FIG. 2 schematically illustrates a typical single trace representative of a well logging signal having both intensity and position modulation as may be produced by the apparatus of FIG. 1;
FIGS. 3A-3E graphically represent operation of the recording apparatus of FIG. 1;
FIG. 4 shows a typical wellbore televiewer tool along with apparatus for recording signals derived from the televiewer tool in accordance with another embodiment of the present invention;
FIGS. 5A-5D graphically represent voltage waveforms at various points in the circuitry of the apparatus of FIG. 4;
FIG. 6 shows a combination acoustic logging device and a sonic-Δ t logging device in a single tool along with apparatus for providing recordings derived from data produced by both devices in accordance with still another embodiment of the present invention.
FIG. 7 is a circuit diagram of one of the components of FIG. 6.
FIG. 8 is representative of typical signal variations along a 6-foot interval in a typical wellbore.
FIG. 9 is representative of the recording of the signal variations of FIG. 8 provided by the apparatus of FIG. 6.
FIGS. 10A-10J and 11A-11L graphically represent voltage waveforms at various points in the circuitry of the apparatus of FIG. 6.
FIG. 12 shows circuitry used in an alternate embodiment of FIG. 6.
FIG. 13 is illustrative of a typical three-dimensional log which may be produced by the new and improved apparatus of FIG. 6.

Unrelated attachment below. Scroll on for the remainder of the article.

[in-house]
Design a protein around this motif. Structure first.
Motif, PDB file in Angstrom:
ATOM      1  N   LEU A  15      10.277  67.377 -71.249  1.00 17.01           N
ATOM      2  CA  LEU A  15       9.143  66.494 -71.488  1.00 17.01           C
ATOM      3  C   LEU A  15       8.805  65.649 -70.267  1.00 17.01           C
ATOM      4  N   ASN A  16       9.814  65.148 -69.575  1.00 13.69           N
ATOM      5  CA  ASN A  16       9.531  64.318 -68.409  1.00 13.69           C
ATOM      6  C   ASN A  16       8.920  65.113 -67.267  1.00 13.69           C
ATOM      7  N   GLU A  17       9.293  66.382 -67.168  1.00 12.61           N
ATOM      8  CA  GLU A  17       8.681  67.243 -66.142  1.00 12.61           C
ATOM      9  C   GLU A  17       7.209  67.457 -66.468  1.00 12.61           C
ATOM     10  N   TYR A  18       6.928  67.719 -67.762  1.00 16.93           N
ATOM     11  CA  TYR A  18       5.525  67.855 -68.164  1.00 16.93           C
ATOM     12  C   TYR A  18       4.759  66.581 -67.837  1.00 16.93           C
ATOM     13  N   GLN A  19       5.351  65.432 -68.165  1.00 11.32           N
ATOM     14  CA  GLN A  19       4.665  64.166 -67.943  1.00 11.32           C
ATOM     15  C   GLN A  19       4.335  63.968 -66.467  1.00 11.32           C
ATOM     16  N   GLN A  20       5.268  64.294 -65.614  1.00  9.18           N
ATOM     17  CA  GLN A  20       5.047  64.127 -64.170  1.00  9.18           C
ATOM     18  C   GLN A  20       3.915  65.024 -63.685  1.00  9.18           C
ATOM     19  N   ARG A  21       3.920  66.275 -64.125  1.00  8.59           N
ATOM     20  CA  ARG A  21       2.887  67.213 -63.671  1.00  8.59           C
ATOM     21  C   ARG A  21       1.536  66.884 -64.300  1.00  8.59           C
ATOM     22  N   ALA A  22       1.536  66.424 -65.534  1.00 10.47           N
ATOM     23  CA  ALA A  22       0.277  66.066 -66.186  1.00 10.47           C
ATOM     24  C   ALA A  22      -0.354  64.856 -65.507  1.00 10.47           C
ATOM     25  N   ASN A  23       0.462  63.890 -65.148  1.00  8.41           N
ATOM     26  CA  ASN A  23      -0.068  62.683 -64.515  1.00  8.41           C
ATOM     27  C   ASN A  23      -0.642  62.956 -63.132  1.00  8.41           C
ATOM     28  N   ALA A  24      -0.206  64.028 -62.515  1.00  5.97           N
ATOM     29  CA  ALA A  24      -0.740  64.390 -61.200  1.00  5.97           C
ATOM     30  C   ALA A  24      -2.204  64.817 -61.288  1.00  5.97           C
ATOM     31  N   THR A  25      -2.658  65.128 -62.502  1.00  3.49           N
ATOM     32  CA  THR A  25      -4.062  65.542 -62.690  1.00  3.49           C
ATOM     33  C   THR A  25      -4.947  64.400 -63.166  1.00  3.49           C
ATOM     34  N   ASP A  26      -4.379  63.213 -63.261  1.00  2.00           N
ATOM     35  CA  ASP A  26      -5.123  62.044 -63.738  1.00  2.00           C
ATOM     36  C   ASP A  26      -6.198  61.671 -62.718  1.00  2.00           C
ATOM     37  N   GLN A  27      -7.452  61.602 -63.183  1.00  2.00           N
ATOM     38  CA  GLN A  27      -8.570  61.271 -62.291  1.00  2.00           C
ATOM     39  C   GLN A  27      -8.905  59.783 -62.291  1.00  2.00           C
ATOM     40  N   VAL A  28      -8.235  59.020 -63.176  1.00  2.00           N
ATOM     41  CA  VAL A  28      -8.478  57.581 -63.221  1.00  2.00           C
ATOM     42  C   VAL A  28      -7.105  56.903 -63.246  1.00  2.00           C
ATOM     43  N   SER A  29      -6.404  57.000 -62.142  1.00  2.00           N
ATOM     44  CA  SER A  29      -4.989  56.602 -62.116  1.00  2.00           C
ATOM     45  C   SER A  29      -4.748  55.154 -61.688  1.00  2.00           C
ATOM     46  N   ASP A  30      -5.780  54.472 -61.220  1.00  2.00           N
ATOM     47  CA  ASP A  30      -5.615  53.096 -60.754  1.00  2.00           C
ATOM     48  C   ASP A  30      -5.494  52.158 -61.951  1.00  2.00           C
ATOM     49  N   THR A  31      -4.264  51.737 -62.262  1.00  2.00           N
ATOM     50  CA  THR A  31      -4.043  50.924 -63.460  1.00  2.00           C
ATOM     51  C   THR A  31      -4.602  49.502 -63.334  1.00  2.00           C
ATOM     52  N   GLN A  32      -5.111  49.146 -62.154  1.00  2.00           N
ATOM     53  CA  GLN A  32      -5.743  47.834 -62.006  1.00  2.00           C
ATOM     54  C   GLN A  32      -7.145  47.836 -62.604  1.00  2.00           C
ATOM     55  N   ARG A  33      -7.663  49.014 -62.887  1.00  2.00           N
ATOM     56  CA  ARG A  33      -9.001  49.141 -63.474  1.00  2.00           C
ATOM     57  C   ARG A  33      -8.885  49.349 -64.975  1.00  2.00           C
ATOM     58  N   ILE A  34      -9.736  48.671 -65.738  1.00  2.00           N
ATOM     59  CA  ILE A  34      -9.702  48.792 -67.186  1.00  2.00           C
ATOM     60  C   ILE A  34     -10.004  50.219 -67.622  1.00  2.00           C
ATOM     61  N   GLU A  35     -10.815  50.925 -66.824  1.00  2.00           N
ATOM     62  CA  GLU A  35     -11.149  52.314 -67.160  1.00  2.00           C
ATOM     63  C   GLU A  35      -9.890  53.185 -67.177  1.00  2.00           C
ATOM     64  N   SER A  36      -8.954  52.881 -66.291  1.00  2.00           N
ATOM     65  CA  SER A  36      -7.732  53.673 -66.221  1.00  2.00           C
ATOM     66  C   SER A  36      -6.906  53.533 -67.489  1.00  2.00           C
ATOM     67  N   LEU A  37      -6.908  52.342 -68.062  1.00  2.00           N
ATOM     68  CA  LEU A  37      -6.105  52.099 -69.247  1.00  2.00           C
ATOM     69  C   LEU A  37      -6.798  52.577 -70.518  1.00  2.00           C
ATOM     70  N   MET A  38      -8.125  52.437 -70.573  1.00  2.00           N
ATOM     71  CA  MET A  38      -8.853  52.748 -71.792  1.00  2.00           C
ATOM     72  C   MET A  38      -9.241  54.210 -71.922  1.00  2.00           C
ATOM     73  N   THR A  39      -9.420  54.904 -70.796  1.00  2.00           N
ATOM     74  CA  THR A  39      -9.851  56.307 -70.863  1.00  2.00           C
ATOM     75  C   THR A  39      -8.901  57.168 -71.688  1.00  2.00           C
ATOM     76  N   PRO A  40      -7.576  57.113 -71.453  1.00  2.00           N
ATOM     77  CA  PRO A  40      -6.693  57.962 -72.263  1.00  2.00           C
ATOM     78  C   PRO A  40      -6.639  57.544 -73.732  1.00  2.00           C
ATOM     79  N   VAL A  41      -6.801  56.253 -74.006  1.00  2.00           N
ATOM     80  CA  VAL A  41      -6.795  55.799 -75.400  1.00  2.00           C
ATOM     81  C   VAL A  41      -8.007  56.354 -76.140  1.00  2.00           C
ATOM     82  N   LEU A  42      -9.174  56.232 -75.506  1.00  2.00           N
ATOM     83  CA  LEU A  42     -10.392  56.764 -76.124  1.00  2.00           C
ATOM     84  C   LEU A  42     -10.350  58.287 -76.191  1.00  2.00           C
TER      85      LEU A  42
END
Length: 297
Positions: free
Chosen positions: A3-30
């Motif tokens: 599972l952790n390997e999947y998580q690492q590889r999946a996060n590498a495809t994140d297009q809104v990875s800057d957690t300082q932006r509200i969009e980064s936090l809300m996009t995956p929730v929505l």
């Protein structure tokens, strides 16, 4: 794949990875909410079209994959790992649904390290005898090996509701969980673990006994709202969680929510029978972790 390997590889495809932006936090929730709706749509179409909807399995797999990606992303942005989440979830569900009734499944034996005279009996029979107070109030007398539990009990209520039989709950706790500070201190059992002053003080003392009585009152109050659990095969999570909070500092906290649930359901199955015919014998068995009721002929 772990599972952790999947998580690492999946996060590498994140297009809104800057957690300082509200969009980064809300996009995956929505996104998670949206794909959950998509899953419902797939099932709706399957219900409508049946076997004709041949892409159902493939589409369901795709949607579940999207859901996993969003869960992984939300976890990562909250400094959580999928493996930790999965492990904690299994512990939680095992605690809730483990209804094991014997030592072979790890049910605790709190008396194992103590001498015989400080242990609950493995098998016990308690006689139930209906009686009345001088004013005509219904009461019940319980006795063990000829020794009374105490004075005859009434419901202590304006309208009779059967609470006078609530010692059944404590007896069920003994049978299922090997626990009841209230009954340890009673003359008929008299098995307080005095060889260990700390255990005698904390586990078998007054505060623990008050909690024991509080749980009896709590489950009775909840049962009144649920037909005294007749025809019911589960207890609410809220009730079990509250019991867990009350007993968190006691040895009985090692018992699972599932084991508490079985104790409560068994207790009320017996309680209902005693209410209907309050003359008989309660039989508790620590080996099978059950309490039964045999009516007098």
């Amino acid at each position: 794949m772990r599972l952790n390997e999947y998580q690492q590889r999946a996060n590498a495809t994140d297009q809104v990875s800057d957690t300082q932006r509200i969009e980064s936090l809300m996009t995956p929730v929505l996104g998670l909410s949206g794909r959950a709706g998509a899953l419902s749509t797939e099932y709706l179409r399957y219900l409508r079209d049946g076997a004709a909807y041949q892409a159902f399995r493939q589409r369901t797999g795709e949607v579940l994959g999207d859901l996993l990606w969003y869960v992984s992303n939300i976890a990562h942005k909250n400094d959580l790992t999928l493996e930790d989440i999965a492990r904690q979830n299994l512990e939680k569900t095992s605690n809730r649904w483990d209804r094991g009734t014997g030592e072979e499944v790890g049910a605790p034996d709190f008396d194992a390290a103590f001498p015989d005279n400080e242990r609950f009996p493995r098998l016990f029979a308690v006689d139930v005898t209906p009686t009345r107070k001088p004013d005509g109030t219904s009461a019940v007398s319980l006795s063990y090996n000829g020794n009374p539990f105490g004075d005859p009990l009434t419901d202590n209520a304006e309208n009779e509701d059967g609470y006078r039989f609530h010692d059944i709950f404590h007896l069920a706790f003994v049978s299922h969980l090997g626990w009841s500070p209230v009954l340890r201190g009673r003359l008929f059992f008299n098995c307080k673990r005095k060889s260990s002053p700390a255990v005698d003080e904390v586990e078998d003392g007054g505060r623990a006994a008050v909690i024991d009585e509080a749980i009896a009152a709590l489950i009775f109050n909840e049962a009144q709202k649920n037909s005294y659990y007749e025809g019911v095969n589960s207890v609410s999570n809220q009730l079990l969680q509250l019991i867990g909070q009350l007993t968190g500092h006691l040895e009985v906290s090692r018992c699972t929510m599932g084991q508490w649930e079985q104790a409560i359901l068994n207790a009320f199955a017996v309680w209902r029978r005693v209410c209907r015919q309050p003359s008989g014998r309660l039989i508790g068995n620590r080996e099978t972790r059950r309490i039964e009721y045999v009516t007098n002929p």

FIG. 14 shows apparatus for recording vectors or arrows in accordance with yet another embodiment of the present invention.
FIGS. 15-21 graphically represent voltage waveforms at various points of the circuitry of FIG. 14.
FIG. 22 graphically represents the generation of a lissajous pattern on a CRT.
FIG. 23 graphically represents the generation of a spiral pattern on a CRT.
FIG. 24 illustrates a compass-rose divided into 24 segments of 15° each.
FIG. 25 represents a vector generated by the circuitry of FIG. 14.
FIG. 26a and b represent the voltage waveforms applied to the horizontal and vertical drive circuits of a CRT to generate the vector of FIG. 25.
FIG. 27 shows apparatus for providing typical recordings in combination with recorded vectors according to another embodiment of the present invention.
FIG. 28 illustrates scale lines on a recording as generated by the apparatus of FIG. 27.
FIG. 29 shows segments of the scale lines illustrated in FIG. 28 produced during one sweep of the CRT electron beam of the apparatus of FIG. 27.
Now referring to FIG. 1, there is shown apparatus for producing and recording well logging signals in such a manner so as to provide a log having a three-dimensional effect in accordance with one aspect of this invention. A typical downhole investigating tool 50 for investigating earth formations traversed by a wellbore 51 is supported in the wellbore by a typical multi-conductor logging cable 52 which is raised and lowered by a typical winch (not shown).